By A. V. Ariel
Weekly World News, February 18, 1999

A recent series of bizarre attacks on homicide detectives has led to widespread rumors that the Baltimore Police Department is being targeted by werewolves.

Within the space of four months, two detectives have been wounded and three others killed outright in a manner strongly suggesting some sort of wild animal is at work. Detective Paul Falsone, formerly of auto theft, was discovered in November on the sidewalk in front of the Waterfront Bar, mutilated, eviscerated and covered with what appeared to be huge animal bites.

The next victim, killed exactly twenty-eight days later, was Detective Laura Ballard, her eyes clawed out and her face rendered nearly unrecognizable by deep, repeated scratches. Her rib cage was ripped open and the chest cavity filled with silicon, which evidently leaked from breast implants during the attack. Judging by the nature of the toothmarks on that region of the body, medical examiner George Griscom theorizes that the killer intended to devour her heart, became frustrated by the foreign substance tainting its "food" and abandoned the attempt.

In January, Detective Stuart Gharty--who had reportedly vanished after getting into a heated argument with a bartender at the Waterfront--was found lying in a gutter on the corner of Aliceanna and Ann. The chewed-up remains of what were evidently his intestines were found scattered at various points over a five-block radius.

Less tragic, but no less alarming, were the recent attacks upon Detective Rene Sheppard, lately of the fugitive squad and a former Miss Anne Arundel County, and homicide department FBI liaison Michael Giardello. Agent Giardello was waylaid last Saturday night by two creatures he described as "big giant [freaking] wolves with the biggest [freaking] teeth I've ever seen." He managed to produce his gun during the attack, but claims that four shots fired at close range did not even slow the animals down. The creatures finally ran away when he began menacing them with a sterling silver tie pin: “I saw it in a movie once,” he explained.

Three hours later, Detective Sheppard was walking in the Fells Point neighborhood when a wolf-like creature leapt from the shadows and sank its teeth into her arm. She also produced her gun during the attack, but the creature ripped it from her hand and body-slammed her to the pavement. A second, similar creature then took her shins between its jaws and began dragging her across the sidewalk.

Sheppard’s life was saved only by the quick intervention of private investigator Michael Kellerman, whose houseboat was docked nearby and who ran onto the pier when he heard her screaming for help. Kellerman says the creatures made no effort to attack him and, in fact, turned and fled when they saw him approach. He described their appearance as “strangely familiar,” but would not elaborate. (Detective Sheppard declined to be interviewed for this story.)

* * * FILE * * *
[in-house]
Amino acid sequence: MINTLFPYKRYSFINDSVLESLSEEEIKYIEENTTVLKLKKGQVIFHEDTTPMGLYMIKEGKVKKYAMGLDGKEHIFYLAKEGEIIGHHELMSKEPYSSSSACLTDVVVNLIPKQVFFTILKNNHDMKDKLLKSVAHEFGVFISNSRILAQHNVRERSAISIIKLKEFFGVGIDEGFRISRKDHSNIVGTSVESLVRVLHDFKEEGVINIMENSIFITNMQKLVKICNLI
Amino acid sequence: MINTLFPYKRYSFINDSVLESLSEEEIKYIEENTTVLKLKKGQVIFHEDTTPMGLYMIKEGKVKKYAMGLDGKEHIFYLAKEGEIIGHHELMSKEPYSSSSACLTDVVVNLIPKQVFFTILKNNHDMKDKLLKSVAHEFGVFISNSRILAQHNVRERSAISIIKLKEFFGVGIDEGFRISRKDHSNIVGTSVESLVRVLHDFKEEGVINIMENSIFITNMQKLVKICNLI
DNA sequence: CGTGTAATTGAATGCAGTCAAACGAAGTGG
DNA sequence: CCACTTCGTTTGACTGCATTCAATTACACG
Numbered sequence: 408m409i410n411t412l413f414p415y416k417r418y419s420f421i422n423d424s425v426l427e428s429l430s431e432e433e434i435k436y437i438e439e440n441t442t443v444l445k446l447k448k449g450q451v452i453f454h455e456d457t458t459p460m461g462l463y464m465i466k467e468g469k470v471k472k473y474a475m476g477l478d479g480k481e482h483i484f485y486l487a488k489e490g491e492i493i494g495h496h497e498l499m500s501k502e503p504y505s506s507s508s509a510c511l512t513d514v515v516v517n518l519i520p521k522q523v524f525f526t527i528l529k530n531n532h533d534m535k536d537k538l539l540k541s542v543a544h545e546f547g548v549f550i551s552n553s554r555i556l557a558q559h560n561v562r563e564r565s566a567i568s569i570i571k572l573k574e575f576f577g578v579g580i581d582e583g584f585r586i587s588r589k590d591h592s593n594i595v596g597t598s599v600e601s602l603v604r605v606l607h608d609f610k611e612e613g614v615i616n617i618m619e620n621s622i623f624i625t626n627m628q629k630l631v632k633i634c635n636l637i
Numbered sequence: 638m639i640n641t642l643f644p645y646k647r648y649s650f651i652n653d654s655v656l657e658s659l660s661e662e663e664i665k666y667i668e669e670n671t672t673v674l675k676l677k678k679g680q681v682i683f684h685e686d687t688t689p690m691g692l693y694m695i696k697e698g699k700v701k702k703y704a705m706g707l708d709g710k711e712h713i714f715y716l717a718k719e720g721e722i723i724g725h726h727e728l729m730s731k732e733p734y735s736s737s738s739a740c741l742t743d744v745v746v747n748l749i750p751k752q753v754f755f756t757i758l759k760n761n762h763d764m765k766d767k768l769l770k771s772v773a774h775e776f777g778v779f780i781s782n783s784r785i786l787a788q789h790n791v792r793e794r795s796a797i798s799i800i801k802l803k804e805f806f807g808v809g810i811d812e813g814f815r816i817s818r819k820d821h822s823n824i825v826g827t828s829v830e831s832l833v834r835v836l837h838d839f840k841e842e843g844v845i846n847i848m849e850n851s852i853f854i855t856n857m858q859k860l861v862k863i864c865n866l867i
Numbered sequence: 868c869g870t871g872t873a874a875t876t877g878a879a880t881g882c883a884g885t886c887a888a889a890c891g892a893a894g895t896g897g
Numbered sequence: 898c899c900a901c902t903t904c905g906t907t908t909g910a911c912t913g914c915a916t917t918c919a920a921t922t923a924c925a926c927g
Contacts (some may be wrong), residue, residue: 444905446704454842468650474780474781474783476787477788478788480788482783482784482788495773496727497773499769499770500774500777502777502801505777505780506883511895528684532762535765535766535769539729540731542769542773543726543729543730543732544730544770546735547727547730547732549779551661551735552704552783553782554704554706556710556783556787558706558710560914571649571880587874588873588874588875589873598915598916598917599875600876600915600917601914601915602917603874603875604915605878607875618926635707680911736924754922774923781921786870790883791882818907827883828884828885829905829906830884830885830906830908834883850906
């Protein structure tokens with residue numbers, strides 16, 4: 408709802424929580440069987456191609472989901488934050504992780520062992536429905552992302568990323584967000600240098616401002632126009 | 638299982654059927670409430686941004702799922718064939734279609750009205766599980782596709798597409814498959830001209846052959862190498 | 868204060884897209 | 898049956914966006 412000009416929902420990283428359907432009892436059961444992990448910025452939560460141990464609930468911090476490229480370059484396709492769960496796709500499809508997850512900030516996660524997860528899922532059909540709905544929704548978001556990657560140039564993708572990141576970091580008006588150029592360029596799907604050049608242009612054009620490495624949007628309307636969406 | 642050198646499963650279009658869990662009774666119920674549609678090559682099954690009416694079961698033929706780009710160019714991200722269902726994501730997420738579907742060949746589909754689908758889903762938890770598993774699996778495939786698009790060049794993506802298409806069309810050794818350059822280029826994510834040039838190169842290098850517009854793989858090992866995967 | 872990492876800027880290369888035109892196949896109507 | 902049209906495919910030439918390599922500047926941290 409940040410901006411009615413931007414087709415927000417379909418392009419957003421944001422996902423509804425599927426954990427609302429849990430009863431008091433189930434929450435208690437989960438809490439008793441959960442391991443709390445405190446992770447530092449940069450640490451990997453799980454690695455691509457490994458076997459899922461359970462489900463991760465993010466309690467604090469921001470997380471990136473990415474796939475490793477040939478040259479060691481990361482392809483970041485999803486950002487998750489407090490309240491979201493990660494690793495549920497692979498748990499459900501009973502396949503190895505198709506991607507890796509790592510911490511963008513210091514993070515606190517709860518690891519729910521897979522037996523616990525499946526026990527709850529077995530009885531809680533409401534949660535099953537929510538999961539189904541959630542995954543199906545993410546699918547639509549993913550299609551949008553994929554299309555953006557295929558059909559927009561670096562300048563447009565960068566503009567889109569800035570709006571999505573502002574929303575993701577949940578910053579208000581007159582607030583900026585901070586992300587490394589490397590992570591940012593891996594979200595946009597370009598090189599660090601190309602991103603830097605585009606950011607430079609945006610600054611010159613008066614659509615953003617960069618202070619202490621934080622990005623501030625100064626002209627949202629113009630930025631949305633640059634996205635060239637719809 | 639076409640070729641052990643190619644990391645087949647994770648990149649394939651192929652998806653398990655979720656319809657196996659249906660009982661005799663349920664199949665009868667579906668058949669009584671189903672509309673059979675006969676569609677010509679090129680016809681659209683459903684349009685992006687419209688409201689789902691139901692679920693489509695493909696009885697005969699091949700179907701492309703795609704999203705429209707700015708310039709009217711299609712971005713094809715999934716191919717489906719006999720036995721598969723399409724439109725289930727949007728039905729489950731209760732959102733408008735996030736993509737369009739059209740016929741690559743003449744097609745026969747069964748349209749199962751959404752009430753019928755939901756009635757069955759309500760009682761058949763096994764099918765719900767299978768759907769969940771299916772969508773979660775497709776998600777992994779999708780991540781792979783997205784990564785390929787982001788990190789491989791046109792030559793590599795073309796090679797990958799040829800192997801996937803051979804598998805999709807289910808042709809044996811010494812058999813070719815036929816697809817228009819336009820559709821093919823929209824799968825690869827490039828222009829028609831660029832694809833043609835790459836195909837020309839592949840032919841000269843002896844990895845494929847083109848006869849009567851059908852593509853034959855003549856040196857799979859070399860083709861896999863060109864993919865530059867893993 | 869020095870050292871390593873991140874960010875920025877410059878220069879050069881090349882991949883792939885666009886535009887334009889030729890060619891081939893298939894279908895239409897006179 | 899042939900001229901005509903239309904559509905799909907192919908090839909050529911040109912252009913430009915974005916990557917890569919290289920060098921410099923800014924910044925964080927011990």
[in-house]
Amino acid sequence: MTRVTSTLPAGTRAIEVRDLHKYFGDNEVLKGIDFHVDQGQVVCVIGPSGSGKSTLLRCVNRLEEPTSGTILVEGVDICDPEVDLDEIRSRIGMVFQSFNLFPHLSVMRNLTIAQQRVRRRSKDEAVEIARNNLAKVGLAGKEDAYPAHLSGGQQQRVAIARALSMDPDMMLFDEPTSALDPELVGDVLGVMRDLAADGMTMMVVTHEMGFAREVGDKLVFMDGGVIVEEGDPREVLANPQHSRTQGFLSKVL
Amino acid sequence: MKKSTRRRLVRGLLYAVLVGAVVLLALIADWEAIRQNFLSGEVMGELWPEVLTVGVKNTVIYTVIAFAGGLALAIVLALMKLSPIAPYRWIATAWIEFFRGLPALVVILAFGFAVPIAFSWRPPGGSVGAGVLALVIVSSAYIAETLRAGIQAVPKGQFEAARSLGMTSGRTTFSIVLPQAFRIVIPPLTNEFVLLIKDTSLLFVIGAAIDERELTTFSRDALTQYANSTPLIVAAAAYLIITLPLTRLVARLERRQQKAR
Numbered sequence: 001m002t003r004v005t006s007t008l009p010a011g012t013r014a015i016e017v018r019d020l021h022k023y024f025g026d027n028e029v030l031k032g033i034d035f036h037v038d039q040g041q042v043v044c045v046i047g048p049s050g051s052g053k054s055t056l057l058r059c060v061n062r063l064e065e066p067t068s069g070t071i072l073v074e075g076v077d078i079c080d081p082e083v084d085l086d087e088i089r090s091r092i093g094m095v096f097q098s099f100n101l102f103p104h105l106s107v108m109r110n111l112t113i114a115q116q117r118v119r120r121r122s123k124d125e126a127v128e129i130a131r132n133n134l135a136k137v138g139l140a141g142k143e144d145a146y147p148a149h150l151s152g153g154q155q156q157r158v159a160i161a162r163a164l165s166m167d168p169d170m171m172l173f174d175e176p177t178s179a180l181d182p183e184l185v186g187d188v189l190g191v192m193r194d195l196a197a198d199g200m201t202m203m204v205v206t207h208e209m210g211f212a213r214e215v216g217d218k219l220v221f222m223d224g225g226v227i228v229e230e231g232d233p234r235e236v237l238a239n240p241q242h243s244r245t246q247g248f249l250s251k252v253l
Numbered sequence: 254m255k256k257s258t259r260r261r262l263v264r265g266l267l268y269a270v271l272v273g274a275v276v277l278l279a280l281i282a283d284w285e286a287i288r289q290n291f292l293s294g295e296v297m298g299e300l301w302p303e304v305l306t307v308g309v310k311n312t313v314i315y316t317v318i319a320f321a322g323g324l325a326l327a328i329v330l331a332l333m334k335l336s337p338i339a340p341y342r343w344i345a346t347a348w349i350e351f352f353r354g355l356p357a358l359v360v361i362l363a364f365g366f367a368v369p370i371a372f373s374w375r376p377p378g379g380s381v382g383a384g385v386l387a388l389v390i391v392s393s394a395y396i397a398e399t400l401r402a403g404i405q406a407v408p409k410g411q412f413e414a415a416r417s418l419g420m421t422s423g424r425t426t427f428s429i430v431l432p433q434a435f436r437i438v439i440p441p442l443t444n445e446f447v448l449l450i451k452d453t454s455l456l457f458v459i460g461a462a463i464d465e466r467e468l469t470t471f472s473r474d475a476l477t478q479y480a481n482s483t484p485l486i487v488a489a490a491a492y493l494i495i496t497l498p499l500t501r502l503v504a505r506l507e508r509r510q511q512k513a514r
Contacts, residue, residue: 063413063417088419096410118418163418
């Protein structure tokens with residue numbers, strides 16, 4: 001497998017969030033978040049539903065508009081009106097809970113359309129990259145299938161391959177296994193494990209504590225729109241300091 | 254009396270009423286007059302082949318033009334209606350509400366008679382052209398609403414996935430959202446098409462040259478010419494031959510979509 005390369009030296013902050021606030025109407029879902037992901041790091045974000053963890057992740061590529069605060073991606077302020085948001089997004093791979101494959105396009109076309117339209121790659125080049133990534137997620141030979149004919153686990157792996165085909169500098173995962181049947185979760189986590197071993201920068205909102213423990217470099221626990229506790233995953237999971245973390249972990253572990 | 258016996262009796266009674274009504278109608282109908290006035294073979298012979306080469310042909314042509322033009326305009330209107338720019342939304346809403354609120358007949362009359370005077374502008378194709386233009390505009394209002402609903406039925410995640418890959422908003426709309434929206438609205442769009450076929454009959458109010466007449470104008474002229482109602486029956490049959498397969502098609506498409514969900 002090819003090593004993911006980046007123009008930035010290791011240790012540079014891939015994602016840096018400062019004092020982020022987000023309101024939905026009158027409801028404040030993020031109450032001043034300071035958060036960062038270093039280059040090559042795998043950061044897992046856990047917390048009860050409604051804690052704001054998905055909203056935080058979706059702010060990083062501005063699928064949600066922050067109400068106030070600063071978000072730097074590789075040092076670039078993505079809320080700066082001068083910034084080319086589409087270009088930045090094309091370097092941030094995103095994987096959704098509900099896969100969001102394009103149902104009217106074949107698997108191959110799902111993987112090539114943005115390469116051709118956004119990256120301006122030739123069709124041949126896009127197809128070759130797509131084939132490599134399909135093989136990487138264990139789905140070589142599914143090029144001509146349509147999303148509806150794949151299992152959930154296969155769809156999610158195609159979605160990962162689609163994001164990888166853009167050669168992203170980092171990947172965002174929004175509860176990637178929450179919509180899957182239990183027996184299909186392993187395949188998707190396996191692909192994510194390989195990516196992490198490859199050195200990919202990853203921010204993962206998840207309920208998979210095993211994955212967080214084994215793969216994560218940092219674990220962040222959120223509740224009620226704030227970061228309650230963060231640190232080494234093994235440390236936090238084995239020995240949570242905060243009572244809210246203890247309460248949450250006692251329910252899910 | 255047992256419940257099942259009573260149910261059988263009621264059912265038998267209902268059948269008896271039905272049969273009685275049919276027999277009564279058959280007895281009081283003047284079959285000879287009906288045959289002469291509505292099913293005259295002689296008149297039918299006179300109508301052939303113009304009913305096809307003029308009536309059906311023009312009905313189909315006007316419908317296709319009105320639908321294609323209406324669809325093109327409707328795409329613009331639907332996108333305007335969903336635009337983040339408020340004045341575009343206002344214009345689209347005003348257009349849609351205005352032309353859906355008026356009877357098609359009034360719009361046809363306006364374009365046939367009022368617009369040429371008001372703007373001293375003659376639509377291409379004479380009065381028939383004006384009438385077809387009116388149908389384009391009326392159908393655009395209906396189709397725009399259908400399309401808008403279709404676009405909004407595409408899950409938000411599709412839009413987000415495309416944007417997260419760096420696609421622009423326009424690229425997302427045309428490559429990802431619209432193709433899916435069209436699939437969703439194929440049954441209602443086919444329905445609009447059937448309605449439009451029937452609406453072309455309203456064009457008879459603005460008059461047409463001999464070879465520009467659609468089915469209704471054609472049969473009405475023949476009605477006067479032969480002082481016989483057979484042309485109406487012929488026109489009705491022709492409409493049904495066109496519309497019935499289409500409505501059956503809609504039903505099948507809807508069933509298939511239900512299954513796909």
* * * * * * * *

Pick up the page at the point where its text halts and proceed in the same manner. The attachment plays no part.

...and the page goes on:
Sheppard and Giardello gave police a detailed description of two creatures resembling wolves but at least twice as large as the conventional canis lupus. The first was a somewhat malnourished-looking male, his fur black and his muzzle gone largely silver. The second, a female, was considerably smaller and had a distinctively red, shaggy pelt.

This description was confirmed by attorney James Bayliss, who called police the night of the Giardello and Sheppard attacks to complain about "two enormous stray dogs [copulating] their brains out on my front lawn." Bayliss produced a semi-automatic handgun and opened fire on the "dogs," but they chased him back into his house and resumed their amatory activities in full view of the neighborhood. The creatures were gone by the time animal control arrived.

Progress in the case has been impeded by a surprising apathy--and outright indifference--on the part of other murder police. In regard to the killing of Detective Falsone, for example, one department member who declined to be identified stated, "The real question is who didn't want the little Brylcreemed bastard dead." Similarly, a female uniformed officer who also requested anonymity said of Detective Ballard, "Whoever--or whatever--chewed up that little secretary with a gun did us all a favor. 'Seasoned homicide detective,' my ass."

Most of the department’s efforts have been directed toward preventing a citywide panic, though they have little to offer in the way of advice. “I’d tell people to stay off the moors, but I don’t think there are any moors in Baltimore,” said Detective Tim Bayliss, who claims not to be related to James Bayliss. “It’s probably a good idea to stay away from really damp outdoor places anyway, though. Like wet grass and stuff. Catch your death of cold. At least that’s what my mom always said....”

FBI agent Fox Mulder, head of a Bureau division that handles cases allegedly involving paranormal activity, came to Baltimore to assist in the investigation but was told to go away.

And so, as the investigation into the so-called "Full Moon Murders" stalls in its tracks, the entire city lives in fear of who may be the next victim. Where will it all end? When asked for his comments on the matter, homicide veteran Meldrick Lewis—primary investigator on the Falsone case--simply shook his head and replied, "Little old lady got mutilated late last night...werewolves of Bawlmer again."